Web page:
It's Not Over Till It's Over: A Message from Bishop Anderson
Brothers and Sisters in Christ,
Advent Season, the season in the church year for personal spiritual preparation for Christ's return and secondarily, preparation for celebrating his birthday, has been co-opted by the culture. The culture in the United States treats it as either 1) the Winter Holiday Buying Season, 2) a season to be confused about how to greet people in a politically correct way - is it Happy Holidays, or Merry Christmas, Happy Hanukkah, or something else that I haven't thought of?
It does seem odd that the season designed as preparation has been turned around to celebrate something in advance, and then when the date actually arrives people start taking down their Christmas decorations fairly promptly. In any event, it is the second Sunday in Advent this weekend, and it's not too late to be asking the Lord how he wants to be involved in your life in the next year ahead.
I am not one to watch nonstop sports on television, though my 99 year old mother, soon to turn 100, does watch and she keeps me abreast of football, baseball and basketball games. A portion of one game last week was watched by nearly everyone, either in real time or on replay, and that was the Alabama-Auburn game. I live halfway between Georgia Tech and the Georgia Bulldogs, and passions in the South run very high during football season, so I am careful in my declarations of football loyalty. I do know that when either of the Alabama teams come to Georgia, they are intent on mischief.
Nevertheless, there is something to be learned from the last few moments of the Alabama-Auburn game. It was tied with only seconds left on the clock, Alabama in possession but a little far downfield for kicking a field goal. They chose to try a long distance kick, apparently thinking they had nothing to lose. The kick almost made it, but as it happened there was an Auburn player standing right where the ball fell.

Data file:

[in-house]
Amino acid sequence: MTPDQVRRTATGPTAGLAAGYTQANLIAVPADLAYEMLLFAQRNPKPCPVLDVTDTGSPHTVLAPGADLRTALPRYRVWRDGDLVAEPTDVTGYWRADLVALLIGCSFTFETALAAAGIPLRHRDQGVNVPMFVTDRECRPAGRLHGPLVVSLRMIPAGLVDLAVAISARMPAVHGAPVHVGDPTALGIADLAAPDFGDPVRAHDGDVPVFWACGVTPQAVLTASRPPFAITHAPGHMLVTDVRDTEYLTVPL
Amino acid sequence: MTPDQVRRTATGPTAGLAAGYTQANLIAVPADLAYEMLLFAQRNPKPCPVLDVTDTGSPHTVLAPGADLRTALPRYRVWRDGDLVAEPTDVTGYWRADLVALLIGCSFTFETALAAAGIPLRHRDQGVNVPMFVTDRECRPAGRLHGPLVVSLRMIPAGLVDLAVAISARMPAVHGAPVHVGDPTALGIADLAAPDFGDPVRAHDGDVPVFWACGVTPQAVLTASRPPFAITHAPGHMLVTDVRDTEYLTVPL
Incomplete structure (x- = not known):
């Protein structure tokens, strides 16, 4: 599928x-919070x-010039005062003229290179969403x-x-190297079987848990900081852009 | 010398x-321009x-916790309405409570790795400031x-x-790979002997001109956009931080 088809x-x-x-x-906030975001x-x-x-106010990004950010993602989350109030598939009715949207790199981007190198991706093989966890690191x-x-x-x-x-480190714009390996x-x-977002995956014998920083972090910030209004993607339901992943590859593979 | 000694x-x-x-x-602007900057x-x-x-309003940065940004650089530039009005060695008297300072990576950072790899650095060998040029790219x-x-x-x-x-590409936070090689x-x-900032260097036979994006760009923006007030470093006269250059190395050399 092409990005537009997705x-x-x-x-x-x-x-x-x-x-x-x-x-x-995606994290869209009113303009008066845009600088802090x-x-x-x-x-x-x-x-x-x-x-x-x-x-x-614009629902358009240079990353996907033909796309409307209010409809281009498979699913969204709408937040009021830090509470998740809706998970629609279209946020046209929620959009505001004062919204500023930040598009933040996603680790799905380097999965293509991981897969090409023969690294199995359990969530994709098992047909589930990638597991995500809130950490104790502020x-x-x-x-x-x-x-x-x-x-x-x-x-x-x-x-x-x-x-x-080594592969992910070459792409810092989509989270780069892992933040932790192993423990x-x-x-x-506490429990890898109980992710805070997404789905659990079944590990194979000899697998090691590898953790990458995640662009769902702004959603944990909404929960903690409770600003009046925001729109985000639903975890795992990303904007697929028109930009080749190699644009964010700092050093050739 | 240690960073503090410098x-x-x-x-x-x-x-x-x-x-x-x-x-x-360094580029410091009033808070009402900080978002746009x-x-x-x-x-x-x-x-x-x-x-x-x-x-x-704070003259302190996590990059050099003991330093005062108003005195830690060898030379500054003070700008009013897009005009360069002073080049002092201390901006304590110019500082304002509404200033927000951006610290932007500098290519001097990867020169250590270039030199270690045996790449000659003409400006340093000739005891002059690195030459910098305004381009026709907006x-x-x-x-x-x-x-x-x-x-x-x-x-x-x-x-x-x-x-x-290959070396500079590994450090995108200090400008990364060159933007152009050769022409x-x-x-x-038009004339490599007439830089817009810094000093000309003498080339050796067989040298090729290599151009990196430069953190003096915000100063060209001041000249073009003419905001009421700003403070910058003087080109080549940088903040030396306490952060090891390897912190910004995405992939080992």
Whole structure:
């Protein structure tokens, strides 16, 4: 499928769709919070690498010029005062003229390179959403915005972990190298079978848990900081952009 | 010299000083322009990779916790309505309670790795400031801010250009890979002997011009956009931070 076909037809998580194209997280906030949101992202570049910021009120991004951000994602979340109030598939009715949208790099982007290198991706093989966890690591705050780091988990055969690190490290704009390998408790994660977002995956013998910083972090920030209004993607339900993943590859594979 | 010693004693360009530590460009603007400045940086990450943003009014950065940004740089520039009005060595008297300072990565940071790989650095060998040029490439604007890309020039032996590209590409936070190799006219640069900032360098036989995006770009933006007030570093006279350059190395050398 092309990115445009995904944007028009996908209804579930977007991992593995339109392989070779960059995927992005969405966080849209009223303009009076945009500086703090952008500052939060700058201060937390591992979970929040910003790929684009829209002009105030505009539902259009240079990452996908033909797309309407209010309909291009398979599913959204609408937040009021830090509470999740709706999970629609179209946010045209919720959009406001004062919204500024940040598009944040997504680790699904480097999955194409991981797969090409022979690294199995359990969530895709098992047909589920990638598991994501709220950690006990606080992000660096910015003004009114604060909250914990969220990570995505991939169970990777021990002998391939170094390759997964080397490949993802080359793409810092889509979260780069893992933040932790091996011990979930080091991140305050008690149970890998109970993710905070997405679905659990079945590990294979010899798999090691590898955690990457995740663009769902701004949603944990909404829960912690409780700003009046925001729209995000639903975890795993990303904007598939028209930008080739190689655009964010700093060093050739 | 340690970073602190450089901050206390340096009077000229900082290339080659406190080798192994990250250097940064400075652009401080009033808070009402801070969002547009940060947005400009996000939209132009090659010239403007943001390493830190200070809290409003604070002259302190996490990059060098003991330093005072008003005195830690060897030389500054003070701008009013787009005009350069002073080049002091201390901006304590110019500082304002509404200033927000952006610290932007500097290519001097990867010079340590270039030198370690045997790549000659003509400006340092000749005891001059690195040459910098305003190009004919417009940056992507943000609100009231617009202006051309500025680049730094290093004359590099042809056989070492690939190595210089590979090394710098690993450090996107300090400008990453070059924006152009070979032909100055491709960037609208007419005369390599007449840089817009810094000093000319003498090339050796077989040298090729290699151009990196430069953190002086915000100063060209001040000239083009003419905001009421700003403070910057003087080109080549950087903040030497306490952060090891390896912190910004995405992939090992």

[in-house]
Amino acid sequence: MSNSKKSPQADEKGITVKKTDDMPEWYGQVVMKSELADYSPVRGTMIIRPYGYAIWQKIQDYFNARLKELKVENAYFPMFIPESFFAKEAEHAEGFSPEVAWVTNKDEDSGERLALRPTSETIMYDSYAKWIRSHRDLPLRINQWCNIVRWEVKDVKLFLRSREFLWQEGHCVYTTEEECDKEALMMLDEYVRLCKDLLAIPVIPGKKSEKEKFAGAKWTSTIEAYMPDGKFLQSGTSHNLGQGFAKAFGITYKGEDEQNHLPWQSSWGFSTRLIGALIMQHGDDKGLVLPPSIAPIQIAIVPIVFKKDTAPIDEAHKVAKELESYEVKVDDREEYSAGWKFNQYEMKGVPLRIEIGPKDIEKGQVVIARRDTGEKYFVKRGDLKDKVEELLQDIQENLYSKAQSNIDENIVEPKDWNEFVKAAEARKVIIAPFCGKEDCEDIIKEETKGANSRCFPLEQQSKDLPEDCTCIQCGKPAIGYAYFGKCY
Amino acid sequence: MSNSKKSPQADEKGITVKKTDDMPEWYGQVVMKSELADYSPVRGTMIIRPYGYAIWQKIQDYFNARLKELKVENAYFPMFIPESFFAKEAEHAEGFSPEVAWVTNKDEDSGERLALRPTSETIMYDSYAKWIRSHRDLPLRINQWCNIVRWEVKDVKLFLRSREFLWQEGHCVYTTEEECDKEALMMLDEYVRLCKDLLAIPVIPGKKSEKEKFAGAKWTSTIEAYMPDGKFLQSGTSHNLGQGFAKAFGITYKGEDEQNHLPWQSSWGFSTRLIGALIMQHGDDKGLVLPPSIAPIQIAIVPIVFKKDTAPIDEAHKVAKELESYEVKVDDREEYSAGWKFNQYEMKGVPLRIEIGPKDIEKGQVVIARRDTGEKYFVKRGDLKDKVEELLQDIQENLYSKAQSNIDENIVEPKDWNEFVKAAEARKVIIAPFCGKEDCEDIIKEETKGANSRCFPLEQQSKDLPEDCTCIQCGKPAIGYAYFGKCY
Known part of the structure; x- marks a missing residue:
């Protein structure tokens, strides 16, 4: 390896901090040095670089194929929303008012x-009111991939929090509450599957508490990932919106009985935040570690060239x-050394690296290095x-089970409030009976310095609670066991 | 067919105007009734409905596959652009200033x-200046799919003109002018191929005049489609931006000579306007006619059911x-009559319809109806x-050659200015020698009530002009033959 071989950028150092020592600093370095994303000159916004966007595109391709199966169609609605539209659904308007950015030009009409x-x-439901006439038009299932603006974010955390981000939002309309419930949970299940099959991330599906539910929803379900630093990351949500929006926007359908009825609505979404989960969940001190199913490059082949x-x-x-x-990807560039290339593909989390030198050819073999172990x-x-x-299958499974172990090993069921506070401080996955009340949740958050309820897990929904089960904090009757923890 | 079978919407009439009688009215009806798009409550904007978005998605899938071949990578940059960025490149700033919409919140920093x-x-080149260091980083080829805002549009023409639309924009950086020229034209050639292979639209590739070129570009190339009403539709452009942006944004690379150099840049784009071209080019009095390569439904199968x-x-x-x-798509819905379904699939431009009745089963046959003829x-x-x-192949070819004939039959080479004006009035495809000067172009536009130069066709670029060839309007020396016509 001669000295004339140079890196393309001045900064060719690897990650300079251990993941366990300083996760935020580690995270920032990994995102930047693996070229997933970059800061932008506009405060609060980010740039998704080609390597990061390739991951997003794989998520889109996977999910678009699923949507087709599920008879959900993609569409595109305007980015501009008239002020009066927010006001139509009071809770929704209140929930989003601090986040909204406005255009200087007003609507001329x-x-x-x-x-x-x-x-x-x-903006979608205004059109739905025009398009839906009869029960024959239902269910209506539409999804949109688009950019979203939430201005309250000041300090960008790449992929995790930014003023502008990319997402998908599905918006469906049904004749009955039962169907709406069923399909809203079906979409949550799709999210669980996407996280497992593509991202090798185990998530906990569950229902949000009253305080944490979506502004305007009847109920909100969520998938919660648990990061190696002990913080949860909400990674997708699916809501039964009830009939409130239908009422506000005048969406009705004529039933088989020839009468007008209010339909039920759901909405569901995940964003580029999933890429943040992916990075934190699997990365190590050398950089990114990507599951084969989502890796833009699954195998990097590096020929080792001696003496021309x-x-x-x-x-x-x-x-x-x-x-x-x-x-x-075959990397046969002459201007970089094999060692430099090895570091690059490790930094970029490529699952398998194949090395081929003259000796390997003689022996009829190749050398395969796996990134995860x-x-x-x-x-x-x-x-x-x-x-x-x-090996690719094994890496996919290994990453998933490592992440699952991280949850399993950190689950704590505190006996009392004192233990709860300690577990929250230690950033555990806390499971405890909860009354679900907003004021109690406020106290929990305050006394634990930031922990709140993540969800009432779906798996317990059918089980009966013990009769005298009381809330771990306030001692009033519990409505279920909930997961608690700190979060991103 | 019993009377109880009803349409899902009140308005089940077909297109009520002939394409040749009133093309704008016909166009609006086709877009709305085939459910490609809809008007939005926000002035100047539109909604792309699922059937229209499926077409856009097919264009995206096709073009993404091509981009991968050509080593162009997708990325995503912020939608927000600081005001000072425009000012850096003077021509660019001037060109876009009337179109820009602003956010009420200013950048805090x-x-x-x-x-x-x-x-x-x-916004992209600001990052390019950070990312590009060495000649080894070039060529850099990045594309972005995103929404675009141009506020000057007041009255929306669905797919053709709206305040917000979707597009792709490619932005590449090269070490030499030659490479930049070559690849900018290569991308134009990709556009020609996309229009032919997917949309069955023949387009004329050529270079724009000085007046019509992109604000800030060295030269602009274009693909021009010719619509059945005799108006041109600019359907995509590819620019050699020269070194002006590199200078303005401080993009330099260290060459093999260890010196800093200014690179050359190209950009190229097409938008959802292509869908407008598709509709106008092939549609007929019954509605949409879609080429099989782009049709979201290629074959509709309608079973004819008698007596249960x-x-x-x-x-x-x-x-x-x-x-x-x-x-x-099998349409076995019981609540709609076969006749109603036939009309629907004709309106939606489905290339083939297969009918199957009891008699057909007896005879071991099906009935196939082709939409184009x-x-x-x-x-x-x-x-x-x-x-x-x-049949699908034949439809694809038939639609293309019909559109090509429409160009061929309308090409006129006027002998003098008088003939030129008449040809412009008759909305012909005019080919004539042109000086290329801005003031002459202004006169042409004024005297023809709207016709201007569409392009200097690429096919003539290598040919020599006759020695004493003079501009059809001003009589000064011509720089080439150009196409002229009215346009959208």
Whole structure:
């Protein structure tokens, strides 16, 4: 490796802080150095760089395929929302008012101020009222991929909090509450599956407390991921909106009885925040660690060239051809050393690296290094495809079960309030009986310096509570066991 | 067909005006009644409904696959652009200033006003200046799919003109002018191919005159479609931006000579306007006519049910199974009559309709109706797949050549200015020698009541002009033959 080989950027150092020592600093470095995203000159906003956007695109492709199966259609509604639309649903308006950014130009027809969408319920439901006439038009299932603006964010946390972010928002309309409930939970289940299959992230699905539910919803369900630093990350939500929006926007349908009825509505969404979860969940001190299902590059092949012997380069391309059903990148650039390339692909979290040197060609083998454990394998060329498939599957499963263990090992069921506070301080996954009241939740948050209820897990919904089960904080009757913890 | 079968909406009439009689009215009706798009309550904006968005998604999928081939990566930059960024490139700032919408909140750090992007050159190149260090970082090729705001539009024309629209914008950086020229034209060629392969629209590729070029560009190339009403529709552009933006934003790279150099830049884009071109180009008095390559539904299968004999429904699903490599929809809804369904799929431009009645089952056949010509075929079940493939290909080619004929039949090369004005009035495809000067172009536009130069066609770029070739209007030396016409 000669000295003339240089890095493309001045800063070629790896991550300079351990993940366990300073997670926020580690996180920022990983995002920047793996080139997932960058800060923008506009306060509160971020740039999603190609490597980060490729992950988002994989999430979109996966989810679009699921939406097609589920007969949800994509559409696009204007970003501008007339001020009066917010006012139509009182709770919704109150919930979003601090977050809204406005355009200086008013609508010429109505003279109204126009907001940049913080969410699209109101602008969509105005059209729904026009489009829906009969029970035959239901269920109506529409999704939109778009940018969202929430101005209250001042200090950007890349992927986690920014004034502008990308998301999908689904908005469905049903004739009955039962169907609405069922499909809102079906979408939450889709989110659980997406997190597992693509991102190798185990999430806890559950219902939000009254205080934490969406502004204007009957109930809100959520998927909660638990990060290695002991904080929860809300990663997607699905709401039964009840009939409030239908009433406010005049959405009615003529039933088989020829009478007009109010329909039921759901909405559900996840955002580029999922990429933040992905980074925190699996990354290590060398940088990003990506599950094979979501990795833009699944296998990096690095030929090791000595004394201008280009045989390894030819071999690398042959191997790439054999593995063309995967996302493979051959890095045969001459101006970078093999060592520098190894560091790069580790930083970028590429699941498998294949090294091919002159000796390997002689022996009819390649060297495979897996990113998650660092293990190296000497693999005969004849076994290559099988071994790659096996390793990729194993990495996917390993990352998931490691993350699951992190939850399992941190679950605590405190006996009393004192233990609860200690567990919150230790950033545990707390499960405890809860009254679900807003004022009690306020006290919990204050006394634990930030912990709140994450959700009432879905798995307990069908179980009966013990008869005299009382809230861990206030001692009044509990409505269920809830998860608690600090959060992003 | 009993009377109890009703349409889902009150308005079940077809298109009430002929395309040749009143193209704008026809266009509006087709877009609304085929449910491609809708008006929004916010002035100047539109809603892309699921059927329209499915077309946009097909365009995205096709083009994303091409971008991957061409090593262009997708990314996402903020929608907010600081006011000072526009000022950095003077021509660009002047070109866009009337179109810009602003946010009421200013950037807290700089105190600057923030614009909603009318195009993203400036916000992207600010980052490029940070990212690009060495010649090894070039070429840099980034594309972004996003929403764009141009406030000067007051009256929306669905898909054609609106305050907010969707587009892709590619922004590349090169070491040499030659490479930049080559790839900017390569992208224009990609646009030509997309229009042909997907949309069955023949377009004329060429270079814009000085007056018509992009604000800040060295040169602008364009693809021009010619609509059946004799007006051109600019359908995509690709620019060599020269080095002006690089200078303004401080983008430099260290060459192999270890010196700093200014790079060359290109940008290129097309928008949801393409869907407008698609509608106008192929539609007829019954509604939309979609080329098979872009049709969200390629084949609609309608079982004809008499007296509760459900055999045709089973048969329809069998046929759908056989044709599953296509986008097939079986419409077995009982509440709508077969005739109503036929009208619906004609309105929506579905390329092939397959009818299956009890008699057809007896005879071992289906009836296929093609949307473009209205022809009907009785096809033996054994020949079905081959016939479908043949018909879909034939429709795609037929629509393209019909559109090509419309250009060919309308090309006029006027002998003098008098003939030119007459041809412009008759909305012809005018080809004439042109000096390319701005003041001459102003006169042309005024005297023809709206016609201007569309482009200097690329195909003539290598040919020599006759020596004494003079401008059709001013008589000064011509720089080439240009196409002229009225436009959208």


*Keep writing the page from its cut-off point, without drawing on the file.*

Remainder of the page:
He caught it, almost by reflex, and it must have startled him, but then he did the natural thing, he ran with it as fast as his legs could carry him, out of his end zone area and down field. For a microsecond everyone was shocked. There was no whistle to blow the ball dead. He had caught it and it was a live ball in play. Everyone came alive, Alabama players chased him, Auburn players blocked and shielded him, and in a moment he had covered over 100 yards and scored the winning touchdown. The difference between a good day and a bad day in this case amounted to a few seconds.
In football, the takeaway is the ball isn't dead or out of play until the whistle blows. In life, and especially in our spiritual life, you aren't out of play until the whistle blows, either. As we age through the various seasons of life, never think that God is done with you, or that you are retired and living on God's pension. The pension years come later, in heaven, and as long as you and I have breath we are players on the field, even if we're on one of God's specialty squads. I don't know how God wants to use you personally during this next year, but I do know that he does want to use you in a capacity that is tailored to your ability and gifting, and that in letting God use you, you will be blessed and you will bless others.
Remember, and this is for you personally, keep running until you hear the whistle blow, or as the apostle Paul said in Philippians 3:13b, "...forgetting what lies behind and straining forward to what lies ahead, I press on toward the goal for the prize of the heavenly call of God in Christ Jesus." How can you and the Lord run the ball downfield in the next six months or year? Ask him!
Blessings and Peace in Jesus,
The Rt. Rev. David C. Anderson,
President & CEO, American Anglican Council